Also helpful in clarifying supervisory expectations is the use of examples. Interagency guidance issued in 2009 covering workouts of commercial real estate (CRE) loans contained several examples of loan restructurings and how they should be classified.2 I think the examples helped bankers and examiners alike understand policymakers' expectations for the regulatory treatment of loan workouts. Still, even with the examples, we heard reports that the guidance was not being implemented consistently in the field. To further ensure consistency, we conducted extensive examiner training. After the training was completed, we conducted a review of hundreds of loan files from recent examinations. Our file review indicated that, with very few exceptions, the loans were classified according to the guidance.
I believe bankers come to fully understand supervisory expectations over time, as their experience grows. But when something radically changes the supervisory landscape such as new regulations, drastic changes in the economic environment, or reassignment of regulatory authority, more direct outreach might be needed.
For many years, the Reserve Banks have maintained local training and outreach programs for banks in their districts. For instance, the popular "Ask the Fed" calls conducted by the Federal Reserve Bank of St. Louis provide bankers with an opportunity to hear Federal Reserve staff discuss recent policy initiatives and to be updated on the most common problems that examiners see in the field. The calls also provide an informal setting for bankers to ask questions on issues of concern. In addition, consumer compliance webinars have provided a forum for the Federal Reserve to discuss emerging consumer compliance issues and to answer questions from webinar participants directly.3 These initiatives have been so successful that a planning group is studying options for leveraging these efforts in a coordinated, national initiative to improve communication of relevant information to community banks supervised by the Federal Reserve.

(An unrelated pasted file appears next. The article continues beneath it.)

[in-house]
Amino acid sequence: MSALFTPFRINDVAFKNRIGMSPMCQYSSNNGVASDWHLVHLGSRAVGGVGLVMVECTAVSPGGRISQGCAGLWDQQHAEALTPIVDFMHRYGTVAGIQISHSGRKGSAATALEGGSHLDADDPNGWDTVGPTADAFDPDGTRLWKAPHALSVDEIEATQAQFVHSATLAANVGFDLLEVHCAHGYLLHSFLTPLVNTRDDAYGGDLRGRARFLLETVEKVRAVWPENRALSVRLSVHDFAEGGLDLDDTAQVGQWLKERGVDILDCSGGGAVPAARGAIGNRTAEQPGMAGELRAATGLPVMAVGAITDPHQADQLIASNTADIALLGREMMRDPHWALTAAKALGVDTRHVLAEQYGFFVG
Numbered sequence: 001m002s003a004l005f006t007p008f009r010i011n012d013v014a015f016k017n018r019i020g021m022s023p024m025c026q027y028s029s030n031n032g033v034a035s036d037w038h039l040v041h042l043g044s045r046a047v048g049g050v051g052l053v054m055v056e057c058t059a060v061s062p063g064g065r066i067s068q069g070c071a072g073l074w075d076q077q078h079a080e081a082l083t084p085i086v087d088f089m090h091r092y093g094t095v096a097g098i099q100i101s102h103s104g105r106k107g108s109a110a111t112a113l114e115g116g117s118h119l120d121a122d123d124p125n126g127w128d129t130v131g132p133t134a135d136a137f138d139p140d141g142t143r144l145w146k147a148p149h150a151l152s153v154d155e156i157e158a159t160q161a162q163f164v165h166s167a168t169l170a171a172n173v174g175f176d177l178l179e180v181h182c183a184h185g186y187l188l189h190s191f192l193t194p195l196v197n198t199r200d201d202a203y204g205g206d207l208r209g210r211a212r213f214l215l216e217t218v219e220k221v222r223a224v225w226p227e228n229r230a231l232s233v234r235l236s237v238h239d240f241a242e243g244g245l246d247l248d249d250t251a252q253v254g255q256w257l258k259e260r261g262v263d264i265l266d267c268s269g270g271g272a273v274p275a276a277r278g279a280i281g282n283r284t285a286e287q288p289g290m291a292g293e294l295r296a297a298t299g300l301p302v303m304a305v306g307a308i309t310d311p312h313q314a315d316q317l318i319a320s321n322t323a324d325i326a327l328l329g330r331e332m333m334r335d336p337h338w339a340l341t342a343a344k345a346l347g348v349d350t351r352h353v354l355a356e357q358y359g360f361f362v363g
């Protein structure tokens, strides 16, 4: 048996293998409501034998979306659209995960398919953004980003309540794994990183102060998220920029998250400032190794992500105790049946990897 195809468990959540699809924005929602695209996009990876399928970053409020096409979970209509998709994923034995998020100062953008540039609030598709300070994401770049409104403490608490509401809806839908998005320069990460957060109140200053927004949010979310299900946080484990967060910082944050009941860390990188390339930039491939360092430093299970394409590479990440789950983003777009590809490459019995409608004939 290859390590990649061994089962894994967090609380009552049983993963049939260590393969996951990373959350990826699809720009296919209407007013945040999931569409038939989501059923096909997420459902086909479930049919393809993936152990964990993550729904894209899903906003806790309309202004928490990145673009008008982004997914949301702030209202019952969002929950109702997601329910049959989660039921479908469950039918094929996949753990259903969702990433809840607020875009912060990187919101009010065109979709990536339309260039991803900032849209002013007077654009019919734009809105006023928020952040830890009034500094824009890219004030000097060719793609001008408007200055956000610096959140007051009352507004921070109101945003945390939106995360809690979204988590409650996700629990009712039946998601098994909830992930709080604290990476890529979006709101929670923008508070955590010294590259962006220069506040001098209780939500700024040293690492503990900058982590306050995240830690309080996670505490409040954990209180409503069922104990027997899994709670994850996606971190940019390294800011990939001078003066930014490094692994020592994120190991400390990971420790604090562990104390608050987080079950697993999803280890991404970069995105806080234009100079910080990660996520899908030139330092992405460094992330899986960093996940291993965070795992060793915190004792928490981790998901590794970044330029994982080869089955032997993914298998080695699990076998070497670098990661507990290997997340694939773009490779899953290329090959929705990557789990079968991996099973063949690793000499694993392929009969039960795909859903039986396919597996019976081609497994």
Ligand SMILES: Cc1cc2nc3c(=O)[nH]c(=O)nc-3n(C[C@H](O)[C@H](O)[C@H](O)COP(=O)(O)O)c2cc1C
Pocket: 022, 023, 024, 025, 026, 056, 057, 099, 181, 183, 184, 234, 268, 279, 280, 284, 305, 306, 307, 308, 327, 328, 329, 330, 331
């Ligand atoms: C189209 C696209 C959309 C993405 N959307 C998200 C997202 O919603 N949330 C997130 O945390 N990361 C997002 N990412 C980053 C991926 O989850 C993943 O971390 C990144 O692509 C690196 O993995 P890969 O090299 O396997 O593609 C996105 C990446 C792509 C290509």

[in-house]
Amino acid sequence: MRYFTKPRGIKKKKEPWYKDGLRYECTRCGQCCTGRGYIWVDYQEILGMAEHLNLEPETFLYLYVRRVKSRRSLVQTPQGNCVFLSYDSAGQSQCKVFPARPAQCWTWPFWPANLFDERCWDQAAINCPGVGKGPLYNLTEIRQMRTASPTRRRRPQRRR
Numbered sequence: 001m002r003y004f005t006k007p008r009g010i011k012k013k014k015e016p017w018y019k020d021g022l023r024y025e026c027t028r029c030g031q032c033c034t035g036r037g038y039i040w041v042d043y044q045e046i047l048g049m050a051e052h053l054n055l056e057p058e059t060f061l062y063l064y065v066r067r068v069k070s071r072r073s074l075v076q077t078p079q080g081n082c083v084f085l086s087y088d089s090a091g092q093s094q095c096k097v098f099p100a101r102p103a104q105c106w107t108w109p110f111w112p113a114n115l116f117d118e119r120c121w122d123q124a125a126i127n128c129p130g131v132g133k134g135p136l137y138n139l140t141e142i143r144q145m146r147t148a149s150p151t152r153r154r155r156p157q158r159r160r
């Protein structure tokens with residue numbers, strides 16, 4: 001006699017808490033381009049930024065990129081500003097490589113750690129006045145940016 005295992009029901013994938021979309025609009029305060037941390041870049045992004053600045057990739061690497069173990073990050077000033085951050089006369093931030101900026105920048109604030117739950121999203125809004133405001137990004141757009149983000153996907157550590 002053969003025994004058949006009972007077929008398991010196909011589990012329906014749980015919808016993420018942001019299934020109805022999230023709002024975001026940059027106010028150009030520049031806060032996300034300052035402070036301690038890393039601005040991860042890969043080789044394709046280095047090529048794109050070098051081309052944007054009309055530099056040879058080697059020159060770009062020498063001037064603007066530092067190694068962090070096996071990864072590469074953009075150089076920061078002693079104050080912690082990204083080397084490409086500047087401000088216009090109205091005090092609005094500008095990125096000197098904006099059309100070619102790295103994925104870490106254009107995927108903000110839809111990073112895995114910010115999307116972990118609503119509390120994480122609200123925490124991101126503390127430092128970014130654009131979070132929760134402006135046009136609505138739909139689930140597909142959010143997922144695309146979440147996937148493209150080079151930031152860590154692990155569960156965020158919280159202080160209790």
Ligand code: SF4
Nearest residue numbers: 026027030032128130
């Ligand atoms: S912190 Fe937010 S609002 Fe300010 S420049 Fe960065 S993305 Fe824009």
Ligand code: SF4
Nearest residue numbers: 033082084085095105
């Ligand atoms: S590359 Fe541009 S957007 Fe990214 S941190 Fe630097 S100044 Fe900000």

Despite all efforts to communicate supervisory expectations, there are inevitably disagreements between banks and their examiners about examination findings. The Federal Reserve Ombudsman actively works with banks that have concerns about their examinations or that wish to appeal an examination finding. The Ombudsman works independently from the bank supervision chain of command and has broad authority to mediate complaints, including the authority to refer matters to committees of the Board. The Ombudsman's office also has a follow-up program in place to protect the banks that contact it from retaliation. And the Ombudsman tracks the nature and source of complaints in order to identify potential systemic problems.4
Balancing Safety and Soundness with Credit Availability
Since 2008, many banks have seen their assets' quality criticized and their ratings downgraded. This is not surprising given the severity of the economic downturn and the effect it had on the quality of bank assets. However, some bankers complain that examiners also tightened their approach. Indeed, we repeatedly hear that fear of examiner criticism is one of the reasons banks hesitate to lend to small businesses. We take these concerns seriously. In response, we are actively communicating with examiners and have stepped up examiner training to ensure that supervision in the field is consistent with policy. At the same time, I think it is important to continually reevaluate our supervisory policies and procedures to ensure that the policies themselves are not unnecessarily constricting credit availability. Here are a few such policies that we are currently evaluating at the Federal Reserve.